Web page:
‘It Can Wait’ virtual reality experience

September 27, 2018

Students at Bradley Tech High School in Milwaukee learned on Tuesday, September 18, 2018, about the dangers of smart-phone activities while driving when the new AT&T It Can Wait virtual reality experience visited the school.

Bradley Tech High School teamed up with AT&T, AAA and the Wisconsin State Patrol as part of the It Can Wait® campaign to remind students that smartphone activity should wait until after driving. Teens were also encouraged to sign a pledge to keep their eyes on the road and not on their phones.

“In today’s world, the smartphone can be a big distraction for students behind the wheel,” said Percy Eddie, Assistant Principal at Bradley Tech. “But students need to understand that just one look at their phones while driving can change their lives in an instant. We are happy to host the AT&T It Can Wait experience and urge teens to focus on driving instead of their phones.”

As part of the It Can Wait experience, students came face-to-face with the very real dangers of distracted driving and interacted with a memorial wall, a wall of keys representing lives lost, and a wall made to look like crushed car parts. They also had the chance to view two new films produced by AT&T that share the stories of teenage boys killed by smartphone distracted driving (Caleb’s story and Forrest’s story), as well as an age progression video that imagines what their lives would have been like if they hadn’t been killed.

“The message of our It Can Wait campaign is simple – distracted driving is never okay,” said Scott T. Vander-Sanden, president of AT&T Wisconsin. “One glance at your phone while driving can change everything and even cost you your life. We are urging all drivers, especially our teens, to keep their eyes on the road and not on their phones.”

The AT&T It Can Wait virtual reality experience is visiting Milwaukee as part of the company’s nationwide tour to raise awareness about the dangers of distracted driving. Other Wisconsin stops included La Crosse and Madison.

New research from AT&T shows 81 percent of people admit to texting behind the wheel, while 64 percent admit to snapping and viewing photos while driving. Other smartphone activities people say they do while driving include: playing music (64 percent); emailing (60 percent); accessing social media (50 percent); surfing the net (47 percent); watching or streaming videos (36 percent); and even video chatting (27 percent). Nearly 4 in 10 people call distracted driving a habit. And nearly a quarter of people don’t see it as a major problem.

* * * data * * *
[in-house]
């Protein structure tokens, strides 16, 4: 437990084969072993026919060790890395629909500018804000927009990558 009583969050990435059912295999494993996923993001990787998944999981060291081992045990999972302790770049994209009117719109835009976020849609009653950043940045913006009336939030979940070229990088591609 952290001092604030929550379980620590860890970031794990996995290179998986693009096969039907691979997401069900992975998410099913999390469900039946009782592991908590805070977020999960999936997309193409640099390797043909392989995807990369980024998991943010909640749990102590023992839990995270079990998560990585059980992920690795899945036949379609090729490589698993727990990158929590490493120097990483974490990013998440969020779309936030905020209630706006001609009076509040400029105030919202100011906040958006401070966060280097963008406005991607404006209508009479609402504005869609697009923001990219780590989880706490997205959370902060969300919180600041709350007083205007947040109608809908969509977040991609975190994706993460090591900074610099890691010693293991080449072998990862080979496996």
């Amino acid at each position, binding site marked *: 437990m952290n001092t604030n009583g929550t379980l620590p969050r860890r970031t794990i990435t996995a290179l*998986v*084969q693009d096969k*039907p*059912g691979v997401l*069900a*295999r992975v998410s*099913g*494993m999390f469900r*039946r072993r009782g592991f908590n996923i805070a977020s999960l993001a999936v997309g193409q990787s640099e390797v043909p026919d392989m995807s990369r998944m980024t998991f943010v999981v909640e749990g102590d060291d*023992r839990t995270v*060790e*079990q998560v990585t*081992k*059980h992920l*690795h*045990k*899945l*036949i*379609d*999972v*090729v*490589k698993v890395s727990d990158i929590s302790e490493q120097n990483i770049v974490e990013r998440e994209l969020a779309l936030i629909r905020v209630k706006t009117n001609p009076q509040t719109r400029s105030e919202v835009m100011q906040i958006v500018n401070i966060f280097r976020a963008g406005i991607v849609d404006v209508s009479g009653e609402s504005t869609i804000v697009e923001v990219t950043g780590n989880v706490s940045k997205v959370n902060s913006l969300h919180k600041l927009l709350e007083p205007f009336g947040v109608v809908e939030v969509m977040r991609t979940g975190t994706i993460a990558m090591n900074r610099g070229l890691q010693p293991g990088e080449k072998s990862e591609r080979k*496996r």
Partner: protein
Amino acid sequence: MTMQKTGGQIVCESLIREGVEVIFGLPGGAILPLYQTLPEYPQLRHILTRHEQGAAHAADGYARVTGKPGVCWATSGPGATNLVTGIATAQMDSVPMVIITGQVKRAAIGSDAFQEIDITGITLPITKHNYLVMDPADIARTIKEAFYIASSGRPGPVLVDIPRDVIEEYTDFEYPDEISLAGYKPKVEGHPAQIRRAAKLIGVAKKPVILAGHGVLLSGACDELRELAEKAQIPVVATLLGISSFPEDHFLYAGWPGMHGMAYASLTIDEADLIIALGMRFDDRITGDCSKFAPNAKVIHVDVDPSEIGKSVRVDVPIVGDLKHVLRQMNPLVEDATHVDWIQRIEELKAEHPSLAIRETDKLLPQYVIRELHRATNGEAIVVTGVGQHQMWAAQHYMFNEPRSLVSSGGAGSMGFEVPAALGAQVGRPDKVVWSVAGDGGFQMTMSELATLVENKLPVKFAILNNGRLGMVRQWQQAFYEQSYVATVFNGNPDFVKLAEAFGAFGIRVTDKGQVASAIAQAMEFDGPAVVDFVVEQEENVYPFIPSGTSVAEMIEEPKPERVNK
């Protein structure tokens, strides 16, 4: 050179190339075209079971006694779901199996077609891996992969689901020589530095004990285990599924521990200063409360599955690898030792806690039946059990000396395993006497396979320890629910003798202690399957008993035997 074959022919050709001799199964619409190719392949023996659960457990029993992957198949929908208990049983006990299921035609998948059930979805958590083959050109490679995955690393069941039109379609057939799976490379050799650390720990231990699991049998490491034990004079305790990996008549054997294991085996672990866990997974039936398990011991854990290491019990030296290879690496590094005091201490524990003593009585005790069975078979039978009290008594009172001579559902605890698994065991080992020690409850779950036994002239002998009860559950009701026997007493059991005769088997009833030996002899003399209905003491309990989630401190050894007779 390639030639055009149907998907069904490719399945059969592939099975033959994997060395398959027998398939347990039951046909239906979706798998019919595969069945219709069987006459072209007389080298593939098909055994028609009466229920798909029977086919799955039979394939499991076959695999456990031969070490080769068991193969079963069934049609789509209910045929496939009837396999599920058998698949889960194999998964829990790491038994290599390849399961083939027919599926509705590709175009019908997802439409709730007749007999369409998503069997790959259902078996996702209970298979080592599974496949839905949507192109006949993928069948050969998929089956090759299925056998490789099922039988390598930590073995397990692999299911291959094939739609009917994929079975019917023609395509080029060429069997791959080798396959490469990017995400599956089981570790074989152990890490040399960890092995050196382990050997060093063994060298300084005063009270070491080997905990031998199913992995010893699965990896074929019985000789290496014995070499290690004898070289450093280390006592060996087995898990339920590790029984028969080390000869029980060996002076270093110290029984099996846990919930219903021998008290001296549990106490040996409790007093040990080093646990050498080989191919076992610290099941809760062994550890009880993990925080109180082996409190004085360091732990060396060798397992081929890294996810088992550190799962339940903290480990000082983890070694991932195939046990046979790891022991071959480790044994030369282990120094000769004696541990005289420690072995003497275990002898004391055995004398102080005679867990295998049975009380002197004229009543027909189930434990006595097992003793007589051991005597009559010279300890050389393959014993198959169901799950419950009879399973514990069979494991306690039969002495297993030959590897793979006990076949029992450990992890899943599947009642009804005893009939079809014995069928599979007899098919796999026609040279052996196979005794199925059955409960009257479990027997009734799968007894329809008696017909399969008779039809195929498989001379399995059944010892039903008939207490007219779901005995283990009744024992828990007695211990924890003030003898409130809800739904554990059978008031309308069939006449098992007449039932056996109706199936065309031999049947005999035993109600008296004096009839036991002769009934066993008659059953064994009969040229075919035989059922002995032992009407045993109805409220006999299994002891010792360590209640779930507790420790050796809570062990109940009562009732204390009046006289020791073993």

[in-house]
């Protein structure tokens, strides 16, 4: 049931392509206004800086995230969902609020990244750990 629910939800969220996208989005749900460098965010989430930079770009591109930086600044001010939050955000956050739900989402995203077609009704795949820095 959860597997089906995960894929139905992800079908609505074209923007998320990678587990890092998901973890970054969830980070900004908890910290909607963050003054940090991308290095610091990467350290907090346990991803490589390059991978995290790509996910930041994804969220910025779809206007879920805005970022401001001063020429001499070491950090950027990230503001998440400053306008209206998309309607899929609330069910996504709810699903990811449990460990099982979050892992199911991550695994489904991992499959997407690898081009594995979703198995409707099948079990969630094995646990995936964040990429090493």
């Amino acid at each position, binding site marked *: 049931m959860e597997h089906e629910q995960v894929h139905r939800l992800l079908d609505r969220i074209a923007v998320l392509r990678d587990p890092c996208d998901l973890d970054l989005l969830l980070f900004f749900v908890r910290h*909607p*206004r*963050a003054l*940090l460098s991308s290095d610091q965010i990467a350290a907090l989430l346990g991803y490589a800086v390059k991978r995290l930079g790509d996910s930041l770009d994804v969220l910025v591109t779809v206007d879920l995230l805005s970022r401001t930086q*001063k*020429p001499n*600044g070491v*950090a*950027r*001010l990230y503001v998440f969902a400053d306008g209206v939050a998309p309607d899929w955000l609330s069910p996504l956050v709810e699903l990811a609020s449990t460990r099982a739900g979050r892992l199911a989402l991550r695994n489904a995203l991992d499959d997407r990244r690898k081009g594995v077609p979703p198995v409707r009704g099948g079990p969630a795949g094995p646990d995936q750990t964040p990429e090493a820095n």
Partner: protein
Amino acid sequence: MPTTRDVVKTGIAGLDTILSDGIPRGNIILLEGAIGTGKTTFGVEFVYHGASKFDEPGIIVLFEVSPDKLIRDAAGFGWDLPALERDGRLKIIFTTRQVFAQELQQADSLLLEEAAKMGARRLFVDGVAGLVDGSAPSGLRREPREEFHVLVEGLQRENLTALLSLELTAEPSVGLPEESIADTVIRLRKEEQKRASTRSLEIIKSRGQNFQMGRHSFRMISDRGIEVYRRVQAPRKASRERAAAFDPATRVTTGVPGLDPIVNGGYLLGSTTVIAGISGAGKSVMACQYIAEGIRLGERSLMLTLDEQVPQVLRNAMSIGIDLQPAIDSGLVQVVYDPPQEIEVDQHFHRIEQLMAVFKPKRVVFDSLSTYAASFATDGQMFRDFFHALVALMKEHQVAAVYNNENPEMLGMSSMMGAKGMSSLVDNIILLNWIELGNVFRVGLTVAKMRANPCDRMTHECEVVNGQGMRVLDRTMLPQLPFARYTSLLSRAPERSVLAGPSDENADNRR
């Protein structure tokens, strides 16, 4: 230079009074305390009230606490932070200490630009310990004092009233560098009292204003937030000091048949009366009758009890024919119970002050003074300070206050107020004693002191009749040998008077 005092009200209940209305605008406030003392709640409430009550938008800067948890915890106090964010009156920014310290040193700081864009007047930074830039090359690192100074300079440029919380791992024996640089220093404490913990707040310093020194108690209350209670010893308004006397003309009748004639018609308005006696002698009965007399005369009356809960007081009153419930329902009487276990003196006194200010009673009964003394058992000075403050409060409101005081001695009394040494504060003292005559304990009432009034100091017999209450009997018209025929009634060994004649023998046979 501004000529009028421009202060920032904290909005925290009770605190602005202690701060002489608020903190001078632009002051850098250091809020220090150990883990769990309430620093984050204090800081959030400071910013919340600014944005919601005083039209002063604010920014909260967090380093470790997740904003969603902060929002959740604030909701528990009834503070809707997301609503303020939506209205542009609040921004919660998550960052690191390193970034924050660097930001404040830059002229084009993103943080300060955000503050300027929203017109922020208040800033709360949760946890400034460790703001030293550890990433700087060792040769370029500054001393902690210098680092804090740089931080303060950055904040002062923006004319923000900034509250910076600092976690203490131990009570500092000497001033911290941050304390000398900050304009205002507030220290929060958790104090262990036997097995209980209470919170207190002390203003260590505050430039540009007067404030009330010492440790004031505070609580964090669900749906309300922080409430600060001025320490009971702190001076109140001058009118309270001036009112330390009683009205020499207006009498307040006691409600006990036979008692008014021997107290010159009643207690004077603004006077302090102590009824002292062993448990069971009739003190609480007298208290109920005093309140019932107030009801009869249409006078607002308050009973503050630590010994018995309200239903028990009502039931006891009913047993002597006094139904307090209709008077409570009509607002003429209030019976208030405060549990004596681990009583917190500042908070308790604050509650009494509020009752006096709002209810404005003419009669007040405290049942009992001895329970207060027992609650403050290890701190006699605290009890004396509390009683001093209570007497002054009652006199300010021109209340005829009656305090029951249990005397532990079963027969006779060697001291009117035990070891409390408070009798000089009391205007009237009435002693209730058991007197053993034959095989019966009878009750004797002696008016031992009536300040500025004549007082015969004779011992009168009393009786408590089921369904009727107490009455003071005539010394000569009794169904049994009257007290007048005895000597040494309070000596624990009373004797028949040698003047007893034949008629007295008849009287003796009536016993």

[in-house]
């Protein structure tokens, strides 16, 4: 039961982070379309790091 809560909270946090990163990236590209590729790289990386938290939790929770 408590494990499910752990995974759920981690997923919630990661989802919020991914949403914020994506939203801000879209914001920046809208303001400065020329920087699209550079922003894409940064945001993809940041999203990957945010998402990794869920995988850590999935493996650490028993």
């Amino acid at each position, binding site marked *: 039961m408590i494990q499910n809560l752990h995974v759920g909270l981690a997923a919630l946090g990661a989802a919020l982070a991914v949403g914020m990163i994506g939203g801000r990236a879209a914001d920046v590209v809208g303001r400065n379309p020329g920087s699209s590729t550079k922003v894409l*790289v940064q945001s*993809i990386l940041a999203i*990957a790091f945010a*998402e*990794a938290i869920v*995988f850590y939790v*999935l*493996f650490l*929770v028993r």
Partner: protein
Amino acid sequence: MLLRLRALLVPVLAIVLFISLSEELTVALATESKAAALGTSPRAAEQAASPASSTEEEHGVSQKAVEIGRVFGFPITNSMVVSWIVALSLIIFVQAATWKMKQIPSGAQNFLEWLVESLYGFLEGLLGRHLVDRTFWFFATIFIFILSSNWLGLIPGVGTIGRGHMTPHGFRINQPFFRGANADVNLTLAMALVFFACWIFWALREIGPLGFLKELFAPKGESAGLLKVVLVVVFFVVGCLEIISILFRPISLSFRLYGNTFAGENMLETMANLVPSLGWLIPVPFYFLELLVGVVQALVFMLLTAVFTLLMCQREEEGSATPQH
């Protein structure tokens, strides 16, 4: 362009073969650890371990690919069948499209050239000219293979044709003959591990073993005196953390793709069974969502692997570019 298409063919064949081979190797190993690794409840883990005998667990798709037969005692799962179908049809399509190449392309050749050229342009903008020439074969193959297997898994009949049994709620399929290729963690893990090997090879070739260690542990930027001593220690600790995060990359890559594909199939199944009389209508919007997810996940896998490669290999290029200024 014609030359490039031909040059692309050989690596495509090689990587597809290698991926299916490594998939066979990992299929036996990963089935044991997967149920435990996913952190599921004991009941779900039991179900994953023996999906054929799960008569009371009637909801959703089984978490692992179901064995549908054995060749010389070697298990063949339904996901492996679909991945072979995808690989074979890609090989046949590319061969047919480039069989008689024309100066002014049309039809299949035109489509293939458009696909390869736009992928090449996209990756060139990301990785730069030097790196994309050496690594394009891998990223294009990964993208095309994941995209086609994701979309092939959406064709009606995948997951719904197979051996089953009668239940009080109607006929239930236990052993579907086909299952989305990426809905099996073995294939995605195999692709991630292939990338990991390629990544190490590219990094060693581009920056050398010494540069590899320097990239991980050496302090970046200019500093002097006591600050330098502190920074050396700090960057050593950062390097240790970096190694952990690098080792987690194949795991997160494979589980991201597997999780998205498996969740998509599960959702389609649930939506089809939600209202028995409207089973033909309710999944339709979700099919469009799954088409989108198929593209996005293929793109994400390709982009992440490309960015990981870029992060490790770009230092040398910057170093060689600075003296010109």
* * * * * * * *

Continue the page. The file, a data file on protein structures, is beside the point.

However, research also shows taking action and speaking up can help reduce distracted driving. Seven in 10 drivers who have pledged at www.ItCanWait.com are keeping their commitment to not use their smartphones while driving. And 57 percent of people are more likely to stop driving distracted if a friend or passenger pressures them to.

“One of our primary missions of Milwaukee Public Schools is to keep our students safe, and that includes safe driver’s education,” said Dr. Keith P. Posley, Interim Superintendent of Milwaukee Public Schools. “Through efforts such as the It Can Wait campaign, we can help teach our kids from the beginning of their driving careers that distracted driving and smartphone use behind the wheel is dangerous and potentially deadly.”

Wisconsin banned texting while driving over seven years ago on December 1, 2010.

“Taking your eyes off the road, even for a few moments, can have tragic consequences,” said Wisconsin State Patrol Superintendent J.D. Lind. “To ensure the safety of all travelers, we need drivers to stay focused on the road ahead, slow down, and make sure everyone in their vehicle is buckled up.”

AT&T’s It Can Wait campaign began in 2010 with a focus on texting while driving, but has now expanded to include the broader dangers of using a smartphone behind the wheel. The effort has turned into a national social movement with support from organizations all over the country, including the Wisconsin State Patrol and AAA. Since 2010, AT&T, AAA and the Wisconsin State Patrol have partnered together to hold events in 142 cities throughout Wisconsin, reaching over 54,000 high school students. Nationally, over 29 million people have taken the pledge to not drive distracted by their phone since 2010.

To learn more about the It Can Wait campaign and to take the pledge, please visit www.ItCanWait.com.